SOLID goes back to the early 2000’s, but much of the philosophy as existed since the dawn of computing. The ‘S’ in solid: Single-Responsibility Principle, is just another of stating “The Unix Way”, which is to do one thing, and do it well. In the words of Ron Swanson “Don’t half-ass two things. Whole-ass one thing.”.
MVC, or “Model - View - Controller” is another example of this principle. The ‘Controller’ part of MVC is a little specialized to programs that need to route traffic, but the Model and View bits apply everywhere. The trick is to not mix them.
When I write code, I try to write libraries. Libraries should be as general purpose as possible, and exhaustively tested. Libraries are the Model of the MVC pattern.
A good Library / Model should be able to be exercised in many ways. The same Library can be used by a CLI, by a Web Page, by other programs via a Web Service. They can also be leveraged by other people. People who can help you get things done.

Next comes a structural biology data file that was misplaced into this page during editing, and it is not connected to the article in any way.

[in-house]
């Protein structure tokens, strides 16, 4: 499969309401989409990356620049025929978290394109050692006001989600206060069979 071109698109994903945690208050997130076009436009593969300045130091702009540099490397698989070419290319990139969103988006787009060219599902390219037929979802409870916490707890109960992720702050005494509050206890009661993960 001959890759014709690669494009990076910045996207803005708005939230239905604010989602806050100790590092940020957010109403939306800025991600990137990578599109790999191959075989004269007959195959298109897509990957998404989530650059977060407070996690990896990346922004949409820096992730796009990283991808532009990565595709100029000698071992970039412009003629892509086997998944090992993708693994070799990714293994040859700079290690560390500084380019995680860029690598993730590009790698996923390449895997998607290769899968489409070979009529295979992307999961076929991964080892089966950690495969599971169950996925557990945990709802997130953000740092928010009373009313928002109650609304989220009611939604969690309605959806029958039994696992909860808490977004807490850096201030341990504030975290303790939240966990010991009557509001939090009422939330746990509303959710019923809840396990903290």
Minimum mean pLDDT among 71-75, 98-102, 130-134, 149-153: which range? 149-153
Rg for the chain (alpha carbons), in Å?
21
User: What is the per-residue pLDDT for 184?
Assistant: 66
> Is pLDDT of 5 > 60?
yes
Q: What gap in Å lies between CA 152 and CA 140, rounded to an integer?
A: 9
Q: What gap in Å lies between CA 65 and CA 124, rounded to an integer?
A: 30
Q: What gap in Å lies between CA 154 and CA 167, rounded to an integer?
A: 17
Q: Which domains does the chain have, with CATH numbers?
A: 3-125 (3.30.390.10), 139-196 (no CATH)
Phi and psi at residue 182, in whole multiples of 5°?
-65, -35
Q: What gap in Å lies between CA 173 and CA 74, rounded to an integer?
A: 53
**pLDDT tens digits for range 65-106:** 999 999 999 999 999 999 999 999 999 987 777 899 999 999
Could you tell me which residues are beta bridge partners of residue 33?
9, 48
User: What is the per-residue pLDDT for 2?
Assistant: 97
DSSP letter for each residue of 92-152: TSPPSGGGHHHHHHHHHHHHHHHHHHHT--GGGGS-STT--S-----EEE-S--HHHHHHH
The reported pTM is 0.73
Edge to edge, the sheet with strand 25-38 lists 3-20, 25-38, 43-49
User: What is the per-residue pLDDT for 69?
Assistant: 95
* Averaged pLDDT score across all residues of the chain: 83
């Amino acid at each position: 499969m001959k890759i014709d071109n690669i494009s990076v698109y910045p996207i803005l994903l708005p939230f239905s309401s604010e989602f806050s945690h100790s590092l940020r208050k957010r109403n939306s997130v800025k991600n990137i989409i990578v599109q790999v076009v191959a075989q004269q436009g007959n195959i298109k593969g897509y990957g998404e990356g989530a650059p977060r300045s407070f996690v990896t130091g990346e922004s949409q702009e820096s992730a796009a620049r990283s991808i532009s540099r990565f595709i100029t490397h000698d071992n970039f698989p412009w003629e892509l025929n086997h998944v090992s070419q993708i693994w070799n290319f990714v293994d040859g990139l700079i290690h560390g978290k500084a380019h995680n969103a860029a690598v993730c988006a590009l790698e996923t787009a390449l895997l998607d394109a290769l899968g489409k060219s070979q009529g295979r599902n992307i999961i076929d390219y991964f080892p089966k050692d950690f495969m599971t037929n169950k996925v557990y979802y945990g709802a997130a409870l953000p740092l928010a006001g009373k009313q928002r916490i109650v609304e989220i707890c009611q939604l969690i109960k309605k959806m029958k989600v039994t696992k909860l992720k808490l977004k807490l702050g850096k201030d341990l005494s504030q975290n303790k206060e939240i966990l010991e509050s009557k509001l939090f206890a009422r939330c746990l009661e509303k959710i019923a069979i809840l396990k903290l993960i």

Libraries / Models are generally specific to the job at hand. Once written, they don’t change much unless the business fundamentally changes.
Libraries / Models should consume data, and emit data. They should not include any sort of assumptions as to how or where that data will be used.
Libraries / Models should be exhaustively tested. When you write a piece of code, you know what your intention is. You know how you think it should perform. Take the time to teach the computer to verify that your expectations are met. That’s what ‘automated tests’ are. You’re just teaching the machine to a) know what ‘working’ is, and b) teach it how to test itself. Later when you make ‘one little change’ to this fundamental code, your tests will be your life saver.
Views on the other hand can change all the time, and you generally should plan on having a one Model to many Views relationship in your programs.
Specifics of how the data is presented, consumed, or displayed is the province of your View. A web page is a view, so is a CLI. Huh? Yes, a CLI is just a view. It’s just one way of interacting with the data in the Model.